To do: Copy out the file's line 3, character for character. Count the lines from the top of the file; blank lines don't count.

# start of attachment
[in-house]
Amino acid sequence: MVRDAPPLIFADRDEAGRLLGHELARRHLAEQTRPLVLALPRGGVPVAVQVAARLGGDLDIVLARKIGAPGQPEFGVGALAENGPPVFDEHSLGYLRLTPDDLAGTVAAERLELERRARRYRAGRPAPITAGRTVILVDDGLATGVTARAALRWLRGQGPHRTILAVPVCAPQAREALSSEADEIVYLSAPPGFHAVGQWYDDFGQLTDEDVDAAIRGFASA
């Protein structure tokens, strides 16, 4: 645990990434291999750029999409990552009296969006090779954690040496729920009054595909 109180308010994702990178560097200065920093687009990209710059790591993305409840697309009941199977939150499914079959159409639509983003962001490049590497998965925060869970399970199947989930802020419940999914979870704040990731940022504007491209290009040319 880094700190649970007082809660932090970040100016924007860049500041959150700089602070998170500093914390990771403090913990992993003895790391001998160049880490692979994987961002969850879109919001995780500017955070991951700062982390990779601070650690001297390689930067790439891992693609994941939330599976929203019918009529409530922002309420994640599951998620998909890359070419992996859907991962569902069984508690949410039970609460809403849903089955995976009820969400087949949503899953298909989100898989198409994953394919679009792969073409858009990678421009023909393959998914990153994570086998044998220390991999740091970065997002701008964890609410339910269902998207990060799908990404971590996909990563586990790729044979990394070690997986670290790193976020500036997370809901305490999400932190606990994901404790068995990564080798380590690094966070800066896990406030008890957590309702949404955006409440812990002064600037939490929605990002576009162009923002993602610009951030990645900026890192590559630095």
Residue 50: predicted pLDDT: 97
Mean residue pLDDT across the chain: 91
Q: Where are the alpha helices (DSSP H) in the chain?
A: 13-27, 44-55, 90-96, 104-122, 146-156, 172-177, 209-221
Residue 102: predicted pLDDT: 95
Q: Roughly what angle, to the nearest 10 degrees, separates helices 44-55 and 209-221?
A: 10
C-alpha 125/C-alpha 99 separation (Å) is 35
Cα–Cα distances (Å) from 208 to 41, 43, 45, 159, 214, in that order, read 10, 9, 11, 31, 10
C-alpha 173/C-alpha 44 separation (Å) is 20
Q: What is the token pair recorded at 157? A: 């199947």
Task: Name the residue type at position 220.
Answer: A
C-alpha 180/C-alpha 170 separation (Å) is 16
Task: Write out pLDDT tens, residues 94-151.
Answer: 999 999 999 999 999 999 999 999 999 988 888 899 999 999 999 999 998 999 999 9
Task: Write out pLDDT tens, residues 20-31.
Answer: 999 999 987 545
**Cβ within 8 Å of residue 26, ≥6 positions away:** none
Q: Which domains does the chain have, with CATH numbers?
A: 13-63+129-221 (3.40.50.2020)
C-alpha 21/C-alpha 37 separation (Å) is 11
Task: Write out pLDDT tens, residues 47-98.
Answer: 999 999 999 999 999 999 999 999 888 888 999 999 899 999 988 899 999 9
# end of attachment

């Protein structure tokens, strides 16, 4: 645990990434291999750029999409990552009296969006090779954690040496729920009054595909 109180308010994702990178560097200065920093687009990209710059790591993305409840697309009941199977939150499914079959159409639509983003962001490049590497998965925060869970399970199947989930802020419940999914979870704040990731940022504007491209290009040319 880094700190649970007082809660932090970040100016924007860049500041959150700089602070998170500093914390990771403090913990992993003895790391001998160049880490692979994987961002969850879109919001995780500017955070991951700062982390990779601070650690001297390689930067790439891992693609994941939330599976929203019918009529409530922002309420994640599951998620998909890359070419992996859907991962569902069984508690949410039970609460809403849903089955995976009820969400087949949503899953298909989100898989198409994953394919679009792969073409858009990678421009023909393959998914990153994570086998044998220390991999740091970065997002701008964890609410339910269902998207990060799908990404971590996909990563586990790729044979990394070690997986670290790193976020500036997370809901305490999400932190606990994901404790068995990564080798380590690094966070800066896990406030008890957590309702949404955006409440812990002064600037939490929605990002576009162009923002993602610009951030990645900026890192590559630095």